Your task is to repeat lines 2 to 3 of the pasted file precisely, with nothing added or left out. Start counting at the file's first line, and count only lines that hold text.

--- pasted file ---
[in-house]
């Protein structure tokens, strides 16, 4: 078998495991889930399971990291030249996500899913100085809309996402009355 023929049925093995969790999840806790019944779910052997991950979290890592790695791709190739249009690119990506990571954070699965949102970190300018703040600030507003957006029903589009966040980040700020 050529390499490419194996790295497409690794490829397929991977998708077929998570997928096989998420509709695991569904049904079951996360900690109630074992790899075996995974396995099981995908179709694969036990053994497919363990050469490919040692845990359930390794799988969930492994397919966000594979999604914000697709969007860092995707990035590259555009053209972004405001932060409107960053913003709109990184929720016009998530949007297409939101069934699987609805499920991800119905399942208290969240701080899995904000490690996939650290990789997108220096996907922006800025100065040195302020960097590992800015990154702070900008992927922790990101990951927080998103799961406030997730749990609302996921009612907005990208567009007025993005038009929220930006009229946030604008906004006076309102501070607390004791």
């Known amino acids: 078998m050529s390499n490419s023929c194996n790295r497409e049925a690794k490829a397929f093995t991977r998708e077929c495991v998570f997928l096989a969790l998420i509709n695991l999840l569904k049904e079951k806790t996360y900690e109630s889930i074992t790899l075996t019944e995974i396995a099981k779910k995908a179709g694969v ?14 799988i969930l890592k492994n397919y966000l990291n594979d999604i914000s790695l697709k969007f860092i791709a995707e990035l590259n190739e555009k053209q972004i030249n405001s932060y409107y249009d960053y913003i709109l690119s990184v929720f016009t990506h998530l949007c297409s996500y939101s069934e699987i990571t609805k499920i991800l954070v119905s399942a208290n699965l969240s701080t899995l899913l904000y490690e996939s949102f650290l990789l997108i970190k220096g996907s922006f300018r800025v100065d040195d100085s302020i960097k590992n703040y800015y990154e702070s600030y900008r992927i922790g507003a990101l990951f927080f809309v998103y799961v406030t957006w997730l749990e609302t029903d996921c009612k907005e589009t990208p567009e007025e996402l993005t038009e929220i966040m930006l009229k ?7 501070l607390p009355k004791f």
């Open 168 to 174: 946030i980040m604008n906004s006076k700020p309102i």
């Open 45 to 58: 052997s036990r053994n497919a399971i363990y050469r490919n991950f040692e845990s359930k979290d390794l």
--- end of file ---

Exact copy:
């Protein structure tokens, strides 16, 4: 078998495991889930399971990291030249996500899913100085809309996402009355 023929049925093995969790999840806790019944779910052997991950979290890592790695791709190739249009690119990506990571954070699965949102970190300018703040600030507003957006029903589009966040980040700020 050529390499490419194996790295497409690794490829397929991977998708077929998570997928096989998420509709695991569904049904079951996360900690109630074992790899075996995974396995099981995908179709694969036990053994497919363990050469490919040692845990359930390794799988969930492994397919966000594979999604914000697709969007860092995707990035590259555009053209972004405001932060409107960053913003709109990184929720016009998530949007297409939101069934699987609805499920991800119905399942208290969240701080899995904000490690996939650290990789997108220096996907922006800025100065040195302020960097590992800015990154702070900008992927922790990101990951927080998103799961406030997730749990609302996921009612907005990208567009007025993005038009929220930006009229946030604008906004006076309102501070607390004791």
């Known amino acids: 078998m050529s390499n490419s023929c194996n790295r497409e049925a690794k490829a397929f093995t991977r998708e077929c495991v998570f997928l096989a969790l998420i509709n695991l999840l569904k049904e079951k806790t996360y900690e109630s889930i074992t790899l075996t019944e995974i396995a099981k779910k995908a179709g694969v ?14 799988i969930l890592k492994n397919y966000l990291n594979d999604i914000s790695l697709k969007f860092i791709a995707e990035l590259n190739e555009k053209q972004i030249n405001s932060y409107y249009d960053y913003i709109l690119s990184v929720f016009t990506h998530l949007c297409s996500y939101s069934e699987i990571t609805k499920i991800l954070v119905s399942a208290n699965l969240s701080t899995l899913l904000y490690e996939s949102f650290l990789l997108i970190k220096g996907s922006f300018r800025v100065d040195d100085s302020i960097k590992n703040y800015y990154e702070s600030y900008r992927i922790g507003a990101l990951f927080f809309v998103y799961v406030t957006w997730l749990e609302t029903d996921c009612k907005e589009t990208p567009e007025e996402l993005t038009e929220i966040m930006l009229k ?7 501070l607390p009355k004791f």